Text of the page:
Jul 22, 2012 Jazz Memoirs
So I’m sitting on the floor and there’s this two-shelf low cabinet and there’s maybe 300 records in it altogether and I reach for the Coltranes on Impulse and pull them out. They are not obvious originals but each one has a gatefold cover, so there is hope. I open the first one, Ballads. And it is . . . ugh, a very late black label pressing. Then A Love Supreme: late pressing, black and red label. In fact, I go through all of the Coltrane Impulses and there’s not a single original pressing in the bunch. And now I’m fairly convinced that this is just a lovely collection of great music but not one of collectible records. And I am almost ready to give up and give Karen my advice, which is that she should probably go to Infinity Records around the corner and see what they would pay.
And then, in the middle of the Coltranes, there is this record: Sonny Clark, Sonny’s Crib, Blue Note 1576. And I remember thinking, why is the Sonny Clark record amid all of the Coltranes? But, of course, Coltrane is a sideman on this record and if the guy was a real Coltrane fan perhaps he organized his records according to his favorite artists and wanted all of his Coltrane records in one place. As a collector who constantly reorganizes and plays with my own collection, I could certainly relate to that.
So I pulled out the Sonny Clark record and took the record out of the sleeve and I was absolutely sure it was just like all of the Blue Notes on the other side of the room, probably a United Artists pressing or a Japanese reissue. And I glanced at the label and slid the record back into the sleeve, barely looking at it, assuming it was like the rest. But something registered. I slid it out again: Blue Note Records, 47 West 63rd, NYC. There were deep grooves, RVG and the ear. Could it be? An original pressing of Sonny’s Crib? And I looked at it again, and again, and again. It was indeed an original. Among all of these other reissues, here was an original pressing of Sonny’s Crib. And I knew this was a record of value and, more of interest to me as a collector, it was a record I did not own, at least not as an original pressing.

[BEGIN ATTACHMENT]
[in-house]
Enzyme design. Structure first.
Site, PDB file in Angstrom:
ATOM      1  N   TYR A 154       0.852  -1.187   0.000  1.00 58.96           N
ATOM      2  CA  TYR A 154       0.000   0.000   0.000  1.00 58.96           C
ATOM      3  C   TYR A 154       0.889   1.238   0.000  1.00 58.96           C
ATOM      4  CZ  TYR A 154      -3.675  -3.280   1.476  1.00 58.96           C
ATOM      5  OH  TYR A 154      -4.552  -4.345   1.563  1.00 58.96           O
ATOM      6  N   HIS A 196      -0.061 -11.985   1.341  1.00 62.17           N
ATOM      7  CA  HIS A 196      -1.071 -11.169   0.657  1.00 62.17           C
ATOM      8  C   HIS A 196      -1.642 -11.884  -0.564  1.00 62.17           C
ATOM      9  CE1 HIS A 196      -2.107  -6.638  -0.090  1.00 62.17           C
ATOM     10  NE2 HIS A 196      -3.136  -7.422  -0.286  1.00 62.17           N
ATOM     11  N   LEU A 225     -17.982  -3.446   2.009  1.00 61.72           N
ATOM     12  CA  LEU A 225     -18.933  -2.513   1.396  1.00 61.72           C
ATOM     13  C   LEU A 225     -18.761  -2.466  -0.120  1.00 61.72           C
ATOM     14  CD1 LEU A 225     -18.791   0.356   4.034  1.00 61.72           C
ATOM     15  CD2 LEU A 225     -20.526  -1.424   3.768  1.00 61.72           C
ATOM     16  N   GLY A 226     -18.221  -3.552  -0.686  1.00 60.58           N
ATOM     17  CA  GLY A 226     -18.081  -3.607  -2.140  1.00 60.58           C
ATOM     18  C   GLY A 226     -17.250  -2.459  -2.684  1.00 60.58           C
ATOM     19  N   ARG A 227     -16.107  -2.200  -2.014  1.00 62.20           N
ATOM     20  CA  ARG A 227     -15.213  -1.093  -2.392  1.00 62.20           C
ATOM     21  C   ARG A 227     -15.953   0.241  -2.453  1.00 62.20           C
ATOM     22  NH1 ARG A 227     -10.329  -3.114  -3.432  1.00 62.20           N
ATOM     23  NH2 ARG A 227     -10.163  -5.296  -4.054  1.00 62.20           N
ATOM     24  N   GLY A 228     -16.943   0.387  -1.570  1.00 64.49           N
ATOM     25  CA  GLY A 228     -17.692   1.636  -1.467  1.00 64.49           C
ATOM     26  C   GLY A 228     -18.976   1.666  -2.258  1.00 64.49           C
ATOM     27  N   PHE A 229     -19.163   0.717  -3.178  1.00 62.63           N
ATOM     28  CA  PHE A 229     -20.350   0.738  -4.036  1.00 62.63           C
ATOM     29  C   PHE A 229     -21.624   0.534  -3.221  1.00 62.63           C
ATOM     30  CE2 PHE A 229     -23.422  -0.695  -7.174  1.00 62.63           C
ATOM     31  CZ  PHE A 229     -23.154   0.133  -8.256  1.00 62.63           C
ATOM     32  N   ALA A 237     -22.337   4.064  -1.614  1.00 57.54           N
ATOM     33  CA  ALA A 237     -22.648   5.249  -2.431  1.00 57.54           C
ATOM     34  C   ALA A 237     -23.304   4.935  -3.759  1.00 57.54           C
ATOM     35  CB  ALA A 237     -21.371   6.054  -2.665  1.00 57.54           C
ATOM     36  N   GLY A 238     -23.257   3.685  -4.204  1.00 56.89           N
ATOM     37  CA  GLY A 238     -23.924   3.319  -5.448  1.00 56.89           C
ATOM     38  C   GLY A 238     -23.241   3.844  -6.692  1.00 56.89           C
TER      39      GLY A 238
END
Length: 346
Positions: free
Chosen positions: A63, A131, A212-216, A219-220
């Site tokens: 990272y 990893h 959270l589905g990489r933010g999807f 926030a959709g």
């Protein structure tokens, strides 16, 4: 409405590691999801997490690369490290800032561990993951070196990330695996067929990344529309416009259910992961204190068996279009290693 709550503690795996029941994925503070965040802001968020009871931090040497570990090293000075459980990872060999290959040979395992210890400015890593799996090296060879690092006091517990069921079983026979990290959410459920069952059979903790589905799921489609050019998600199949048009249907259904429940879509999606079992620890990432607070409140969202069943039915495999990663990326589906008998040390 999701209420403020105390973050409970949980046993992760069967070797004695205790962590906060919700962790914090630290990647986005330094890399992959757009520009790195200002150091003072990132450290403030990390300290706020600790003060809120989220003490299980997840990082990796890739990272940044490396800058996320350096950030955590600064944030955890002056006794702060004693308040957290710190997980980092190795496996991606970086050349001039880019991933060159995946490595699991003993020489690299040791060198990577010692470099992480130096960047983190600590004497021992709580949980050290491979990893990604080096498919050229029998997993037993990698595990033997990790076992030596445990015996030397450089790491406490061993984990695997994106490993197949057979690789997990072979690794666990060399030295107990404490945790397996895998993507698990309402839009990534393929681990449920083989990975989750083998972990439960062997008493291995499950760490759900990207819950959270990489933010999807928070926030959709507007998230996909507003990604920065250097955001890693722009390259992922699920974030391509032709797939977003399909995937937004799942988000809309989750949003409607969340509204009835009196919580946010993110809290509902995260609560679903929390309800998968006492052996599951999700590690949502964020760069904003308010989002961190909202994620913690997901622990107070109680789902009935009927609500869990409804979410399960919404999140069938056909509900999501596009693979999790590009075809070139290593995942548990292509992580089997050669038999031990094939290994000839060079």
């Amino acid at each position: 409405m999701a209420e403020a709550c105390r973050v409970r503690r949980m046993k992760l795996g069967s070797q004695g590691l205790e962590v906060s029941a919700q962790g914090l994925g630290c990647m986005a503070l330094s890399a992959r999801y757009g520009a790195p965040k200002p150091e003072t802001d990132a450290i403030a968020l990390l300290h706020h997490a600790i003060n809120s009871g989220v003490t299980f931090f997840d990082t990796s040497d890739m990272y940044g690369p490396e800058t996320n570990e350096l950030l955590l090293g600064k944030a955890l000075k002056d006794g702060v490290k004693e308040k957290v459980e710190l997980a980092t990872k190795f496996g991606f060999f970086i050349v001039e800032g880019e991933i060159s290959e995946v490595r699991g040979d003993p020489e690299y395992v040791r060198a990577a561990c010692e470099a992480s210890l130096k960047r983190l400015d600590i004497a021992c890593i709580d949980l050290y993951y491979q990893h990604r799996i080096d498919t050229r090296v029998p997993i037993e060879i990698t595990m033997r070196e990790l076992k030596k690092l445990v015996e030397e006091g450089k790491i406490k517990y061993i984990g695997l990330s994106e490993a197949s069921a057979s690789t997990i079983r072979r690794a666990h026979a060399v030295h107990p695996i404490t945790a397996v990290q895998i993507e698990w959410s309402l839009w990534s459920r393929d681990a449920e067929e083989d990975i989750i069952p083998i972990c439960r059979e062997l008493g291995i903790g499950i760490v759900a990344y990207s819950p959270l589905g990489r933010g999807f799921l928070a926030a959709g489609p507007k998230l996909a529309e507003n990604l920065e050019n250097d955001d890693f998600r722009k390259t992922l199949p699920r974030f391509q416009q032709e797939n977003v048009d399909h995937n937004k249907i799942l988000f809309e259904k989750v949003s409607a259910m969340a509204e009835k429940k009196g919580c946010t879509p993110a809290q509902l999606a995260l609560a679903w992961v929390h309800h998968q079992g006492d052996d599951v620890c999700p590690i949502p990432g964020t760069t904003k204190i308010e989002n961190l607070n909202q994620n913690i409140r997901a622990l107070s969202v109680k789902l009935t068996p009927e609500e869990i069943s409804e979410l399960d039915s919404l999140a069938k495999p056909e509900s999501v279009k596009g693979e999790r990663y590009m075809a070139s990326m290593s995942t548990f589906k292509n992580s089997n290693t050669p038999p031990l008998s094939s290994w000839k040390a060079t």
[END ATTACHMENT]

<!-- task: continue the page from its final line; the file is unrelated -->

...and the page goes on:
So I kept looking on these two shelves and there were more records of interest: Original pressings of records from Coltrane and Miles Davis and Clifford Brown and Sonny Rollins and Bud Powell and Charlie Parker. Among these were records on the Prestige and Blue Note labels and everything seemed to be in very nice condition. These must have been the guy’s favorite artists, I thought. These were the only ones he cared about in terms of having original pressings. This guy was a discerning collector, I realized, and had pretty much the exact same taste in music as me. I mean, if I were to list my favorite artists these would be the exact same players, with the probable addition of Thelonious Monk, who was surprisingly not well represented in this collection.
So now I am sitting on the floor, Marty the dog still quiet in his crate, and I am thinking that this is quite an interesting collection and I have no idea what Karen really wants to do with it and whether it would be something I’d be interested in buying. But I know that I promised Karen I would tell her if there was anything of value in the collection so that she could make an honest assessment of what to do with it. So I got up, left Marty behind to guard the records, and found Karen and Adam sitting in the living room.
What happened next? Stay tuned for Part 4.